Sunday, March 17, 2024

From a Mother of Mothers


This month, I've been taking my research cue from a mother of mothers—my fifth great-grandmother on my matriline, that is. Elizabeth Lewis, wife of Thomas Meriwether Gilmer, has been my focus mainly in the hope of pushing back through the generations even further to determine just how I match four "exact matches" on my mitochondrial DNA test.

The mtDNA test, you may recall, is the specialized DNA test which can confirm deeper ancestral roots than can the commonly-taken autosomal DNA test. Not only can it reveal our ancestors' geographic wanderings and ethnic heritage of that one specific branch of our family tree, but it can also tie us together with other matches reaching far back in time. The reason? The slower mutation rate for mitochondrial DNA allows us to "see" farther back in time.

Still, taking the mtDNA test does not mean we are handed answers to our genealogical questions on the proverbial silver platter. In my case, I have only four matches who are considered "exact matches"—in other words, there is no mutation evident in comparing our tests. While that may sound precise, an exact match can mean I share a common ancestor on my matriline with my match which might reach back two hundred years—or even farther back in time.

Of my four matches, only one had posted a tree which reached back to our ancestral nexus. That shared ancestor was born about 1700, not a bad stretch for a DNA test. As for the other matches, our mutual connection might be years beyond that three hundred year mark.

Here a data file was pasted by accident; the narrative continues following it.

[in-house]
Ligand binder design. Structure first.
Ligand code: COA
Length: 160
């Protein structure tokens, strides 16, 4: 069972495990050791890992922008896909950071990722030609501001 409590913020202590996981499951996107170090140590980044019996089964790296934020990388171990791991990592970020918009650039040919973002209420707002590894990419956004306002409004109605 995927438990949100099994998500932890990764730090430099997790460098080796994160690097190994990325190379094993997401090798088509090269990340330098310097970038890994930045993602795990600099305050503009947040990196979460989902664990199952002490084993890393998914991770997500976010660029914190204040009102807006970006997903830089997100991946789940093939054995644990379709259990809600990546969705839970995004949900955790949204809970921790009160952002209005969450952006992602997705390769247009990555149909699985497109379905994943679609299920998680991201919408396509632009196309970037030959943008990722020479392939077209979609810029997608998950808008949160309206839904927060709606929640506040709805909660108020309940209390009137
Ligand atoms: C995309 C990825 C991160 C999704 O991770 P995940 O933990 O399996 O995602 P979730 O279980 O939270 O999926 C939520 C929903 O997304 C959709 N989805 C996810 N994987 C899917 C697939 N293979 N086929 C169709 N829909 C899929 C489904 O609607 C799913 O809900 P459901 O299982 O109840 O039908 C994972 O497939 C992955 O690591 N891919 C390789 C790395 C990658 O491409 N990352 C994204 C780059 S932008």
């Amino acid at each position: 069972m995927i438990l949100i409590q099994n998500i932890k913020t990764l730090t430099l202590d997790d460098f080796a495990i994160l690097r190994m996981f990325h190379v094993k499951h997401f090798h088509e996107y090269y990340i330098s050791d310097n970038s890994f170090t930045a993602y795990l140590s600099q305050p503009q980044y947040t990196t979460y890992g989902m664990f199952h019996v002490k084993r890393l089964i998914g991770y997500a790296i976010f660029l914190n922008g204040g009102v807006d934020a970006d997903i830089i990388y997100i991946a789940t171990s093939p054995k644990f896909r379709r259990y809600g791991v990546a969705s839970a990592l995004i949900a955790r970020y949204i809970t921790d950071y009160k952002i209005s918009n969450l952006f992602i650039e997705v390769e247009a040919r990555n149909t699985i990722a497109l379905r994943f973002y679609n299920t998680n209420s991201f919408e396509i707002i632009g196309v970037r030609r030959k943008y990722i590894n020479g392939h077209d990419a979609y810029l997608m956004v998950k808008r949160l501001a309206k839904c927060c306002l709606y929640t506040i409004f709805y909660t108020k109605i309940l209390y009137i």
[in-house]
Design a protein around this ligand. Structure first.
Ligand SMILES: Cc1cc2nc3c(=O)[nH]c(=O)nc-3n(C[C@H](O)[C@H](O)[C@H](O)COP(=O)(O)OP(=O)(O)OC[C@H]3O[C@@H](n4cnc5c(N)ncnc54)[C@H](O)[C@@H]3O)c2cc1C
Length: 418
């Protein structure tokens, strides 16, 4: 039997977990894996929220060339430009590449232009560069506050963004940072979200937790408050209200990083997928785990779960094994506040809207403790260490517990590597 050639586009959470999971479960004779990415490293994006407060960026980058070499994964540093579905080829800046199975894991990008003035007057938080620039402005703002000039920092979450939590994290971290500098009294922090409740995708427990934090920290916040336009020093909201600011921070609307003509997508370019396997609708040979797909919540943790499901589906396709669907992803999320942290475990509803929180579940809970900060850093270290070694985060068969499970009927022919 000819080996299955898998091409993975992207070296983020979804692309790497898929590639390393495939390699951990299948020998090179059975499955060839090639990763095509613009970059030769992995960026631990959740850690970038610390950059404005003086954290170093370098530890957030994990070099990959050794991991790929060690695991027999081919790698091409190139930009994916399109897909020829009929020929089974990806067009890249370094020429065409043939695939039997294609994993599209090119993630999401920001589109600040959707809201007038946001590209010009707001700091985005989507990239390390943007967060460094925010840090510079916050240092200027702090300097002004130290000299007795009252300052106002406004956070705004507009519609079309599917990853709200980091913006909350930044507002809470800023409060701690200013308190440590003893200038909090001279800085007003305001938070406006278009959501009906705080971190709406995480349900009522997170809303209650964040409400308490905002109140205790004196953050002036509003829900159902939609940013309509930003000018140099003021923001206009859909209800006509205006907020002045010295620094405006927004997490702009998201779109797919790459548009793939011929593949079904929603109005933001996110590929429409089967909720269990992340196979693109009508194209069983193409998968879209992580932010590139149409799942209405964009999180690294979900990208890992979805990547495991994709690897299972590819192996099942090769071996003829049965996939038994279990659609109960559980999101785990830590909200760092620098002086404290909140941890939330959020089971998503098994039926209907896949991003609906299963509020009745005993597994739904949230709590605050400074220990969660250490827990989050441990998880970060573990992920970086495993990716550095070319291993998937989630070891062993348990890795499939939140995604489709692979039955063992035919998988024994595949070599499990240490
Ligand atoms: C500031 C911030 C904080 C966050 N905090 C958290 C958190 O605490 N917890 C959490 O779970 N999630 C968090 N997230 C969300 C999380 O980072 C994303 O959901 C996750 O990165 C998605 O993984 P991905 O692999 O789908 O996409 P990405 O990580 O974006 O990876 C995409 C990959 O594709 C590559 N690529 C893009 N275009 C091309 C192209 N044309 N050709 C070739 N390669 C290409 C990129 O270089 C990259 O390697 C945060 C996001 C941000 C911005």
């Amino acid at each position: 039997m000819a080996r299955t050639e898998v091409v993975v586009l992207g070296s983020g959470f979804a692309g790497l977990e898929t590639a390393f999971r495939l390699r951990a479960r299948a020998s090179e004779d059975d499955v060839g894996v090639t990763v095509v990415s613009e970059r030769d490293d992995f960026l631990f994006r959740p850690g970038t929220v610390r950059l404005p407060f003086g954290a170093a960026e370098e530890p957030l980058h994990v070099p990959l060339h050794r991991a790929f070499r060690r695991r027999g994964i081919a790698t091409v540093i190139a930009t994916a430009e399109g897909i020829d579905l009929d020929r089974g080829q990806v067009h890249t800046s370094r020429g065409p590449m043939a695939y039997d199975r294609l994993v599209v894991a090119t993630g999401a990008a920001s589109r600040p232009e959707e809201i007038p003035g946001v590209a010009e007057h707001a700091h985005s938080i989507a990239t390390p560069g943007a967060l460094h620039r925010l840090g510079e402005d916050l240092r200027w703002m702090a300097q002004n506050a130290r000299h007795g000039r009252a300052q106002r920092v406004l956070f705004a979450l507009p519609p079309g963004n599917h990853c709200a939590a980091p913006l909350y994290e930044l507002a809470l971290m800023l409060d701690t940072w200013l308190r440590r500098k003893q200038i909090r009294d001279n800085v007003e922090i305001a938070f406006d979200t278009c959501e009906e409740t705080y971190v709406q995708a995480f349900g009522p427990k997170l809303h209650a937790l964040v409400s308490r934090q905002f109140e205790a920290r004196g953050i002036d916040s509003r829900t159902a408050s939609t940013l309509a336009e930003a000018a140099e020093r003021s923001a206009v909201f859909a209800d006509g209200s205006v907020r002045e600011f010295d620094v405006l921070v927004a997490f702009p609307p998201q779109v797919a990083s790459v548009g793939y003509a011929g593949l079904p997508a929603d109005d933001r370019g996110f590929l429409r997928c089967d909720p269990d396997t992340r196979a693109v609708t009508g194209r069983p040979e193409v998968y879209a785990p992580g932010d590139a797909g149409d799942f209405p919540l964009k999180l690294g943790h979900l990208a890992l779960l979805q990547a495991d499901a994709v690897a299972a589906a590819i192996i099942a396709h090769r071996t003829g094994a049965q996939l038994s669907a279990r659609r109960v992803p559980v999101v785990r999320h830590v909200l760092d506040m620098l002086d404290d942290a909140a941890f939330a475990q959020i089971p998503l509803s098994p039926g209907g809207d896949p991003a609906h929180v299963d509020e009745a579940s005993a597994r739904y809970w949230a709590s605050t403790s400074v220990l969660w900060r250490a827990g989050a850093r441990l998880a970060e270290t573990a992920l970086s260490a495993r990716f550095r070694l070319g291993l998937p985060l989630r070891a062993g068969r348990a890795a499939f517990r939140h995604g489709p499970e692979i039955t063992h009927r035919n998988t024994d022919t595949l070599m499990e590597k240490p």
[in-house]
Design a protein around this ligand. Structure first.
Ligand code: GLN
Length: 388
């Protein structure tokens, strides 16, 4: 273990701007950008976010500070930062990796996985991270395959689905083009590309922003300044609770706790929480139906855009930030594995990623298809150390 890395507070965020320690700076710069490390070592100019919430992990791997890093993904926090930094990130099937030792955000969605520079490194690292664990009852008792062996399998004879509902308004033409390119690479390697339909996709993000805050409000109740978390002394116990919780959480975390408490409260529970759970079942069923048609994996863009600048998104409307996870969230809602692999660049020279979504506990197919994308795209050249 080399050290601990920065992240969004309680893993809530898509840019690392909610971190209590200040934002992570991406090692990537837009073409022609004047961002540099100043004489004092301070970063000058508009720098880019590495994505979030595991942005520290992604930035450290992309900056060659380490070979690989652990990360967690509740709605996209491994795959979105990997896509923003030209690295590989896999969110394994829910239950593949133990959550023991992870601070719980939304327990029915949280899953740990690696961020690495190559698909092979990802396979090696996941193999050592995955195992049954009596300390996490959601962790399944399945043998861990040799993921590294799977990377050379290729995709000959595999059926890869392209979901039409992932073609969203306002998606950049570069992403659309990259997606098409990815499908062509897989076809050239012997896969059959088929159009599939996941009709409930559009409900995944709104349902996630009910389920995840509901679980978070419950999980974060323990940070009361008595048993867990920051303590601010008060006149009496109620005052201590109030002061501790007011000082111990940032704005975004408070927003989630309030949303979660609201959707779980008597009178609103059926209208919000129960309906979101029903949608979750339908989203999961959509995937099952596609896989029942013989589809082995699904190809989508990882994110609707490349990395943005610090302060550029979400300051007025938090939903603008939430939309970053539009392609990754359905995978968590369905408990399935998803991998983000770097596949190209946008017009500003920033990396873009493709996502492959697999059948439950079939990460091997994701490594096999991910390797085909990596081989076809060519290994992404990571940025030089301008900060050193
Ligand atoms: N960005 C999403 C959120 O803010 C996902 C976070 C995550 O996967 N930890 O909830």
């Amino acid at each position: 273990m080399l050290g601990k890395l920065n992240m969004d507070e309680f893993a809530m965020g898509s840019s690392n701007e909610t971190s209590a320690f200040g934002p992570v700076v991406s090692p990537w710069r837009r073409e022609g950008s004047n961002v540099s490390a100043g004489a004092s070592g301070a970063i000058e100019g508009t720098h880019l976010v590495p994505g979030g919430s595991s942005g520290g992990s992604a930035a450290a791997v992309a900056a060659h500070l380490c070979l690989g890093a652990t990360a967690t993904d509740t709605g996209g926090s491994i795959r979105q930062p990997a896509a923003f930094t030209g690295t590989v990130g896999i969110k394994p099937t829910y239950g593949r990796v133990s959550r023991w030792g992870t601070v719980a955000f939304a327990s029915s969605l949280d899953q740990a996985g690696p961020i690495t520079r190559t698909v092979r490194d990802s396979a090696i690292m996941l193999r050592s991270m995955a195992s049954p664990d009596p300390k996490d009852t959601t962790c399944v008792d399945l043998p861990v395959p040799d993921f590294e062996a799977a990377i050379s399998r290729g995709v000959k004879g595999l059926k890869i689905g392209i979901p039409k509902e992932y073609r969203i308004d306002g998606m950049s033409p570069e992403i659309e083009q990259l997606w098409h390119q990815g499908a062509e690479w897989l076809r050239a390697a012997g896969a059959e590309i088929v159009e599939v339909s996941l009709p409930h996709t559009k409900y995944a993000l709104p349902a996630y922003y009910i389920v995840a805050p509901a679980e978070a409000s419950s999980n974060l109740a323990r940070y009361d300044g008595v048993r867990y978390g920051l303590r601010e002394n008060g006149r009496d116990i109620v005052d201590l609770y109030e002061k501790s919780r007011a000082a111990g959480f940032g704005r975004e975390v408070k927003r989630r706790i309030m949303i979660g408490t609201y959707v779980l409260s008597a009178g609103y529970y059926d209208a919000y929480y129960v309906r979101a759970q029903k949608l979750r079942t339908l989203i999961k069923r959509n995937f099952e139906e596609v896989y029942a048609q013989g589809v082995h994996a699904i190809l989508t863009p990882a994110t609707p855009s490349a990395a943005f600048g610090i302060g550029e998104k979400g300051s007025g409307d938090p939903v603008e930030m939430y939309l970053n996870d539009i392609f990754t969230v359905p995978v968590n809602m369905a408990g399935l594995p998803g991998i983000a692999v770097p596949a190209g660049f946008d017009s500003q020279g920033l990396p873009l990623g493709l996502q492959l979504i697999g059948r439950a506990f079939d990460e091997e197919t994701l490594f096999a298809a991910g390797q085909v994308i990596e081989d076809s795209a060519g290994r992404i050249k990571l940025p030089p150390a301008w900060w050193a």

Still, I keep pushing back on the matriline—as well as mapping out all descendant lines connected to each mother of mothers. Now that I'm up to my matrilineal fifth great-grandmother, and since that can still be a genetically reachable ancestor for the autosomal test, I've also been keeping an eye on my ThruLines matches linked to Elizabeth Lewis, as well as her husband, Thomas Gilmer. Right now, that readout shows sixty two autosomal DNA matches with other descendants of Thomas Gilmer, and fifty nine matches linked to Elizabeth herself.

As I work my way through those ThruLines matches, confirming connections for each entry, adding those matches to my tree becomes another way that family tree keeps growing. Right now, I have 38,196 people in my family tree. With an increase of 169 over the past two weeks, the rate of increase has slowed from previous biweekly advances. However, I can safely say the reduced research speed can be attributed to having to resort to records of the 1700s and early 1800s to confirm family connections. And reading those handwritten documents can certainly put the brakes on research speed—even with the help of AI innovations at

As I continue my biweekly progress checks, the route I am now taking becomes more challenging. My next step will be to move to Elizabeth's own parents, focusing especially on her mother. From there, I'll repeat that same process for another generation—and keep going, as long as I can find supporting documentation available.

Incredibly, at this point, that document source is still housed in North America, though by this point, we will begin edging into the British colonial era. Fortunately for my purposes, Virginia—both state and colony—serves as a fascinating repository of historical documents, which may allow us to push further back in time than we could otherwise have hoped.

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